The Association of Southeast Asian Nations and China are scheduled to start official talks in September in China to conclude a code of conduct covering the South China Sea, where enmity between China and some ASEAN countries is becoming fierce over long-standing territorial disputes. Although the talks are unlikely to go smoothly, both sides should persevere toward an agreement that reduces tensions.
The uphill battle faced by ASEAN negotiators is revealed by recent statements made by Chinese officials. Chinese Foreign Minister Wang Yi, who was visiting Bangkok to attend a China-ASEAN forum to mark the 10th anniversary of the establishment of the China-ASEAN strategic partnership, on Aug. 2 said that territorial disputes in the South China Sea should be resolved through bilateral talks. Three days later, he said the attitude harbored by some ASEAN countries that seek an early agreement on the code of conduct does not seem realistic or serious. He stressed the importance of holding detailed discussions so that consensus could be reached among all the countries concerned.
In 2002, ASEAN and China signed a declaration on the conduct of parties in the South China Sea, but it had no binding power. ASEAN hopes to upgrade the declaration to a legally binding code of conduct. But it appears that China is not very enthusiastic about doing this as it would restrict China’s activities in the South China Sea. Having claimed almost all of the South China Sea as its own, China has taken steps to strengthen its effective control over disputed areas by stepping up naval activities and by prospecting for oil and gas resources.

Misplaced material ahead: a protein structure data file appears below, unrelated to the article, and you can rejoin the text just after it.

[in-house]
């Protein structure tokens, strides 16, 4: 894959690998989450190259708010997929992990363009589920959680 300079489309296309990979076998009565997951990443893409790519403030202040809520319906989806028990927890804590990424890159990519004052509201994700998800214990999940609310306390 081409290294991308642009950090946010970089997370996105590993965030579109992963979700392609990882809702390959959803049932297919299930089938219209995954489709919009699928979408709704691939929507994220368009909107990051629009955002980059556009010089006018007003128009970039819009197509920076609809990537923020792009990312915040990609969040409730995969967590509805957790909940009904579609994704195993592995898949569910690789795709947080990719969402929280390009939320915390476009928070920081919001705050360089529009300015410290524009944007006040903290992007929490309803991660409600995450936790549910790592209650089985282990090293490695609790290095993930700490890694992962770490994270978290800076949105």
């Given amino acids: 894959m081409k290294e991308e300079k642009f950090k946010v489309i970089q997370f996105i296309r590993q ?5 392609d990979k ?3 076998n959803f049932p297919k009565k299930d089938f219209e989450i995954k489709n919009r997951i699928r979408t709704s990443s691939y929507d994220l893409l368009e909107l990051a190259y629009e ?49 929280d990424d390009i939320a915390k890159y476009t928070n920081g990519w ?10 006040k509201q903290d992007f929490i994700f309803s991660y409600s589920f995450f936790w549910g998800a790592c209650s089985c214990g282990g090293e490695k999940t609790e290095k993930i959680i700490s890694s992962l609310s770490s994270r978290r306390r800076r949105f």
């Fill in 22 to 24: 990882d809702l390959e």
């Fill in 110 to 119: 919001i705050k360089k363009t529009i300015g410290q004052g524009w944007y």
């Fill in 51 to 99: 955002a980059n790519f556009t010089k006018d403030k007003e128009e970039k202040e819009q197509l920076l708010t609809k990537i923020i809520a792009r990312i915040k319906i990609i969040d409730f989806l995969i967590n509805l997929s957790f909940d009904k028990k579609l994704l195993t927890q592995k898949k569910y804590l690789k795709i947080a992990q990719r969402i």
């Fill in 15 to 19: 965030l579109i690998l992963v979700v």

China now has effective control over Scarborough Shoal, which is within the Philippines’ exclusive economic zone. In January 2013, the Philippines called on an international tribunal under the U.N. Convention on the Law of Sea to declare China’s claims to virtually the entire South China Sea as “illegal and invalid.”
In May, Chinese ships began loitering near a Philippine-ruled atoll in the Spratly Islands to apply pressure on Manila. Earlier, in March, a Chinese naval ship opened fire on a Vietnamese fishing boat in the Paracel Islands.
In June 2012, China established Sansha City in Hainan Province to administer the Spratly and Paracel islands as well as Macclesfield Bank — an atoll of underwater reefs and shoals. In late April of this year, China organized a Paracel Islands sightseeing tour.
Although China agreed to the talks on writing the code of conduct, doubts remain about its commitment. The planned accord is considered indispensable for preventing future military clashes in the South China Sea. Thus it is all the more important for ASEAN countries at the talks to unite in dealing with China.
Japan, which is engaged in a territorial dispute with China over the Senkaku Islands in the East China Sea, should consider what it can do to help China and ASEAN reach an agreement.